The influence of persulfate on the solar degradation of RhB is investigated with and without ZnO. The persulfate doses ranged from 2.5 to 12.5 mg/L. The net concentration of H2O2 in the RhB/FR/ZnO (15/2.5:7.5/200 (mg/L)) system was measured following the decolorization of the suspension both in the presence and absence of FR at pH 6.5 and 3.5. Experiments were carried out to determine if the drop in H2O2 concentration in the system containing Fe2+ is caused by the latter's rapid interaction with the former during solar irradiation. After decolorization under SL, the quantity of H2O2 in sample solutions of RhB + ZnO and RhB + ZnO + FR is measured. Then, each sample solution is separated into two portions. One half (C) receives 2.5 mg/L of Fe2+ addition and is exposed to SL for 60 min. The other half (B) is exposed to radiation for 60 min without the addition of Fe2+ and the H2O2 is calculated.
In the Fenton process, the excess reagent successfully employed to degrade the fresh substrate is tested by progressively adding more FR/HP/FS (1:3/7.5/2.5 mg/L) to a reaction system containing optimized concentrations of pollutant and reagents where the pollutant degradation leveled off due to insufficient reagent. The recycling of Fe2+ is done when pollutant degradation in the SF case reached a peak. An extra 7.5 mg/L of H2O2 was introduced to the system to efficiently use the remaining FS and fresh RhB (15 mg/L) solution is supplied to the system once the decomposition of the RhB is completed. More H2O2 is injected once the degradation has stabilized and more RhB is added when degradation is completed, which is done continually. After initial use, the system's ability to recycle Fe2+ is examined by periodically replacing the H2O2 that was used up in the FR.
RESULTS AND DISCUSSION
NF: FS/HP = 4:1
US: FS/HP = 4:3
MW: FS/HP = 1:4
SL: FS/HP = 1:3
The degradation efficiency (47% for SF , 43% for NF, 42% for US Fenton, and 30% for MW Fenton within 30 min of time) at the respective optimum ratio of Fenton components is in the order: SF > NF > US-Fenton > MW-Fenton.
The COD determines the effectiveness of any AOP and in the study COD decreases after decolorization, indicating that at least some of the intermediates are unstable and are getting mineralized. However, the COD does not really alter much after the initial reduction, most likely because some of the intermediates generated might be more resilient and persistent. Even after prolonged hours, the Fenton process does not degrade them. Thus, it can be concluded that the Fenton process is an effective inexpensive way to decolorize RhB contaminants from water. Complete mineralization, on the other hand, occurs more slowly, suggesting the presence of resistant, slowly degrading intermediates. To accomplish total mineralization in such circumstances, a combination of the Fenton process with external sources of activation like photo, sono, and MW may be needed.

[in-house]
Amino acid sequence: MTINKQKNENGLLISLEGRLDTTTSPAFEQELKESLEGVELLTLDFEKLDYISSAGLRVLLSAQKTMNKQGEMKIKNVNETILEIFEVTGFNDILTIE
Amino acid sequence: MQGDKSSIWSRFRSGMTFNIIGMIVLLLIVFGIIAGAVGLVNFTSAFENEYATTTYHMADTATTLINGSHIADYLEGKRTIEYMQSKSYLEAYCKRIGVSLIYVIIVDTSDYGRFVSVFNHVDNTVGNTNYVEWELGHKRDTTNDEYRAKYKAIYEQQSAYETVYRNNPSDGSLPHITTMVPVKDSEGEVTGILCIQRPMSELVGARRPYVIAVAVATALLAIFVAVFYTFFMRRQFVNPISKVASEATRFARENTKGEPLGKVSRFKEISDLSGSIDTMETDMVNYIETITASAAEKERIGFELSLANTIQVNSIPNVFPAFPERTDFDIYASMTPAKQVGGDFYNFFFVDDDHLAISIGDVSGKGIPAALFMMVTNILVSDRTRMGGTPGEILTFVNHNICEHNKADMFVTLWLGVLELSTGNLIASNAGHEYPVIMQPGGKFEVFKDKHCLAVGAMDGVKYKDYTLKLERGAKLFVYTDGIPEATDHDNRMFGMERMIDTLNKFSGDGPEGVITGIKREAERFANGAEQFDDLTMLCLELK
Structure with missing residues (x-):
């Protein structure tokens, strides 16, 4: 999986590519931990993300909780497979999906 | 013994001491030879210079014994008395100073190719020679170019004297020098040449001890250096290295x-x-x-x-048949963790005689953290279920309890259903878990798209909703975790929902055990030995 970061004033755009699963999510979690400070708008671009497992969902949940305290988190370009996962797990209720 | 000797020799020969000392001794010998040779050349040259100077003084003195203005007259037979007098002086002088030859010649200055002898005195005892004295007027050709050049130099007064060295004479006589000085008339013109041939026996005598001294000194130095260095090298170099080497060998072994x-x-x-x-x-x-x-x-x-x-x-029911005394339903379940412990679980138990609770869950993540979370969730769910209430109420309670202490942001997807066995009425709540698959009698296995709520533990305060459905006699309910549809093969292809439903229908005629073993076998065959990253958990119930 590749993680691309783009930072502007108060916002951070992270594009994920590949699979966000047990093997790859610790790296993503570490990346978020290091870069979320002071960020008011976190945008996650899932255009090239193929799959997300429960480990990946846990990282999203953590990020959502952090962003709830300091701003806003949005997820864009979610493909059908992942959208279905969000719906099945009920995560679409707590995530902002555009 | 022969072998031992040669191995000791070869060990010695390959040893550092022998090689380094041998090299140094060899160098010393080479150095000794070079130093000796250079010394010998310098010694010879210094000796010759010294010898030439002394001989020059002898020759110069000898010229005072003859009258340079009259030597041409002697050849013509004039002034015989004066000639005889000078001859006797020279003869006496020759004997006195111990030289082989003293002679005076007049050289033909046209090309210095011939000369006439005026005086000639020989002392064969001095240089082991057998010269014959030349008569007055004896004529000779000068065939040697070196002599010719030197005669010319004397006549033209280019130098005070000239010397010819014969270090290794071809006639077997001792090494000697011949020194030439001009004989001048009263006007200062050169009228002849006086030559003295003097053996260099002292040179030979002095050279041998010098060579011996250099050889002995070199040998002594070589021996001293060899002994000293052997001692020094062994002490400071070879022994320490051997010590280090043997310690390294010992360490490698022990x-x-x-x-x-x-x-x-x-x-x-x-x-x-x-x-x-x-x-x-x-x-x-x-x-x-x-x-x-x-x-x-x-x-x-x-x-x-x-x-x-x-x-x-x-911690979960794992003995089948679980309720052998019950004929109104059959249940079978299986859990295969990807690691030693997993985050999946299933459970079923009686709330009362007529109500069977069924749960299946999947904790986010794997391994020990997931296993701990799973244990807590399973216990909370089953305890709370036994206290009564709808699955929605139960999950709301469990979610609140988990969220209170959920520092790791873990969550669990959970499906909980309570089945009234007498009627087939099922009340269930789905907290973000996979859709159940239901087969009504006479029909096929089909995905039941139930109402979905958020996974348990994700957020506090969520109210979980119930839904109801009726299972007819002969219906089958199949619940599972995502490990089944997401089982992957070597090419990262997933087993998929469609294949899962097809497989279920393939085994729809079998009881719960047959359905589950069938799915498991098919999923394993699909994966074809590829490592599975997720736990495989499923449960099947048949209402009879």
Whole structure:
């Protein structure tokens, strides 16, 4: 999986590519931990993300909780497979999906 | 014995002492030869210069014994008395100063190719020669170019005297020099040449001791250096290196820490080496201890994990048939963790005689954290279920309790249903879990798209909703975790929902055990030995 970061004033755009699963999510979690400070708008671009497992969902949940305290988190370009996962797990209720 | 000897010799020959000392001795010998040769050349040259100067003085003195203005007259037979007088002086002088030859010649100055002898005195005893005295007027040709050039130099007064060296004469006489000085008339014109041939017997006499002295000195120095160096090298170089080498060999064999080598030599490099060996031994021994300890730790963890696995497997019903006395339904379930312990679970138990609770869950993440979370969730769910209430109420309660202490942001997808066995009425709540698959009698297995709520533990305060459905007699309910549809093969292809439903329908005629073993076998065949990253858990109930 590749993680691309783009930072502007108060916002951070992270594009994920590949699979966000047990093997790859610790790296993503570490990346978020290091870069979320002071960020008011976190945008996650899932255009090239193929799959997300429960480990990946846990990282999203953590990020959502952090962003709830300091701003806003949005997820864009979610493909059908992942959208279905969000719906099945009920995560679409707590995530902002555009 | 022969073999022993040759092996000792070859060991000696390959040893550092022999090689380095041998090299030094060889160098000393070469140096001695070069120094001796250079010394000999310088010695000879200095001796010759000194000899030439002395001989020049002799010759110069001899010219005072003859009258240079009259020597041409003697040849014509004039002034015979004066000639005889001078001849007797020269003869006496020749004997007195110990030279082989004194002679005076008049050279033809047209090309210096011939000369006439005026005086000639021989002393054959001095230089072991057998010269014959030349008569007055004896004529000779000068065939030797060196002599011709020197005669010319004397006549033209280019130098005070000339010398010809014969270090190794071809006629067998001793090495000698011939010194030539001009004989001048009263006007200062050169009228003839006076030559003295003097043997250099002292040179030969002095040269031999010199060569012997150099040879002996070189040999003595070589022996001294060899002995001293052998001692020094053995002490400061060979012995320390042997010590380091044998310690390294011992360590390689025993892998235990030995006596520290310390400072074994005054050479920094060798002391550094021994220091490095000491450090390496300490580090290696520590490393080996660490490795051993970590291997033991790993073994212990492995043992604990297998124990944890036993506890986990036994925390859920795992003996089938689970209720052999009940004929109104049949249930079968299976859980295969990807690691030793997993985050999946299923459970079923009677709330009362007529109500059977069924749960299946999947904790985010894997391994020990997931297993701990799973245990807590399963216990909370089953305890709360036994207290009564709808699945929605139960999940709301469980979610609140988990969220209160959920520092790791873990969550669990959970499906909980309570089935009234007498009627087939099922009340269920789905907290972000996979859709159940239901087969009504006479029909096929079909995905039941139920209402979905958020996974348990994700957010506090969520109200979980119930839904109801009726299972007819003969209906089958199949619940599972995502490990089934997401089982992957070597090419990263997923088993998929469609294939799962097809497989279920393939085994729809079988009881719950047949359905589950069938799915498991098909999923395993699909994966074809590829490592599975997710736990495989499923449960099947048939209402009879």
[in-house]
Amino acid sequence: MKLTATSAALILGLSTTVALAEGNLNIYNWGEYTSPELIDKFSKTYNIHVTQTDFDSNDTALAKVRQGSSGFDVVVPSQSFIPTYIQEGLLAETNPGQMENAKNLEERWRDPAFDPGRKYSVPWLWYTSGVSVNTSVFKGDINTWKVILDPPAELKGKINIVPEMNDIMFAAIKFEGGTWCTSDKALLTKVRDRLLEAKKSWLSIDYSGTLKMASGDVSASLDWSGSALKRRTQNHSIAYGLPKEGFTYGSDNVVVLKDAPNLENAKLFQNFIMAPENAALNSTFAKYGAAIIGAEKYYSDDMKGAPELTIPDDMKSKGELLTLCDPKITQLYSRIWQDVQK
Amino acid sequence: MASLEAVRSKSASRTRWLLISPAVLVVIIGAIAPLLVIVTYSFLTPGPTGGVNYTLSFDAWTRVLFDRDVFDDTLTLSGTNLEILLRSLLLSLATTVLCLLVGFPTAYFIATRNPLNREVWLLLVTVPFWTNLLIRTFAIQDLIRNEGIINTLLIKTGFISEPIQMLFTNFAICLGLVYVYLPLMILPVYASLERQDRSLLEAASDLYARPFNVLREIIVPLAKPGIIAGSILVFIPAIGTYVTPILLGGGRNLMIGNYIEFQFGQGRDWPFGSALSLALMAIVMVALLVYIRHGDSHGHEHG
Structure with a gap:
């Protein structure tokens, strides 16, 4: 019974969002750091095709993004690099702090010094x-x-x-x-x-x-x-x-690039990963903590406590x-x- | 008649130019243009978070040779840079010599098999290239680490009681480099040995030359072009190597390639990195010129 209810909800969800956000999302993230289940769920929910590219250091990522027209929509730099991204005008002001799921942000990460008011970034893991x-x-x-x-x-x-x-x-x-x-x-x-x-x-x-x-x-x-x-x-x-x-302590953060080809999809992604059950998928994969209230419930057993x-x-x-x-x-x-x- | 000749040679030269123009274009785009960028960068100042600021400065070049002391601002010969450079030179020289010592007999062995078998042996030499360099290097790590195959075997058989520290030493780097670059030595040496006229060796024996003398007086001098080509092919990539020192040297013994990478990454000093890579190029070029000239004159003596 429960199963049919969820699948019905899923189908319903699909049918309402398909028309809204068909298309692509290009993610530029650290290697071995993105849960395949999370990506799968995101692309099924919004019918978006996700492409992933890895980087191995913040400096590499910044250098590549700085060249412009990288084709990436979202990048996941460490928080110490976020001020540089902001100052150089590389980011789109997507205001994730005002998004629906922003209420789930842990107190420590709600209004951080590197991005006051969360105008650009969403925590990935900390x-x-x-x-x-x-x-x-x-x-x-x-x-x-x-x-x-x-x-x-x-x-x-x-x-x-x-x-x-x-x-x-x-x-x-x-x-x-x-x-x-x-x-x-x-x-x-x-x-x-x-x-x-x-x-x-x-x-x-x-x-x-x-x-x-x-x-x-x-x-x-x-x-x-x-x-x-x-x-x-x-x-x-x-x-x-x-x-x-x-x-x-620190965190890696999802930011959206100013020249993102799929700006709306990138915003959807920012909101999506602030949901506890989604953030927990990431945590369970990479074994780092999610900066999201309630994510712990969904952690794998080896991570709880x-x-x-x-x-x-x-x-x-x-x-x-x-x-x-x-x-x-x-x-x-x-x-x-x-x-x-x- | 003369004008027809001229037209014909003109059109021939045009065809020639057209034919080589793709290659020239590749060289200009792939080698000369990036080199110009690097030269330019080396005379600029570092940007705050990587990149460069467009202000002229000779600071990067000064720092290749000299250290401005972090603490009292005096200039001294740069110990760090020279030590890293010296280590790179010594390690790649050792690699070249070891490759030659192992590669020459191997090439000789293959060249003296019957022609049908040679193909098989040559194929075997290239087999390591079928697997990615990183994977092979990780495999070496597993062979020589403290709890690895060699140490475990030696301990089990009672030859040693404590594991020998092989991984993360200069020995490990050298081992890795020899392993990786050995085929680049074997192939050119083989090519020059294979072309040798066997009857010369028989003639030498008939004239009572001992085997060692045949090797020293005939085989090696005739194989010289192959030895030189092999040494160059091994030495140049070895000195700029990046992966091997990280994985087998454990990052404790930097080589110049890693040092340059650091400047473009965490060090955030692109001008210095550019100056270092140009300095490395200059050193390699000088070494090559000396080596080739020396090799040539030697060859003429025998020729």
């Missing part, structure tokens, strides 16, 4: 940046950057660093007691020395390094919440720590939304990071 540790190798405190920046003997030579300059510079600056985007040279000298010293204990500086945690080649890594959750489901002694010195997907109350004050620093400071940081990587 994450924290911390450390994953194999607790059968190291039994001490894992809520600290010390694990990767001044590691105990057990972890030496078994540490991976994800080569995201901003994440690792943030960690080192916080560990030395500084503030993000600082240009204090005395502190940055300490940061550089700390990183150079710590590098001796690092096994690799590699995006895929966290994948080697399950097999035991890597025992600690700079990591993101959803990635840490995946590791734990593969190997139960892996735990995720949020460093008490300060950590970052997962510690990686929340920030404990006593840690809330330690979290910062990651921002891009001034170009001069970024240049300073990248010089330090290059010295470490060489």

Combination of Fenton reaction with light as the source of activation, i.e., photo-Fenton is known to enhance the efficiency of the process (Babuponnusami & Muthukumar 2011; Sannino et al. 2012; Pouran et al. 2015; Çalık & Çifçi 2022). The current study, as reported earlier in this paper, shows that the Fenton process in combination with MW/US activation is not effective for the complete mineralization of RhB pollutants in water while the SL-Fenton combination (SF) gave encouraging results (Figure 3). Hence, the SF process is examined in depth for the degradation/mineralization of RhB pollutants. The efficiency of the Fenton process depends on the relative concentrations of FS and HP (Gulkaya et al. 2006; Ghosh et al. 2010; Asgari et al. 2020). Hence, the ratio of these critical components is optimized initially.
Optimization of FS/HP ratio
Effect of the quantity of FR
The interaction between the RhB molecule and the reactive free radicals will be more effective as the concentration of the dye is increased. This leads to an increase in the rate of reaction. Beyond the optimum, the rate of degradation slows down because the relative concentration of •OH radicals to interact with all the RhB molecules will be less. This leads to a steady state or even a decrease in the degradation rate. At higher concentrations, the dye molecules are excessively large in comparison to the amount of FR needed for efficient degradation. Since H2O2 is primarily responsible for degradation, any hindrance to the ability of H2O2 to interact with Fe2+ to produce •OH radicals will result in a reduction in degradation.
Effect of ZnO
Effect of pH
Formation of H2O2
Effect of FR-pretreated ZnO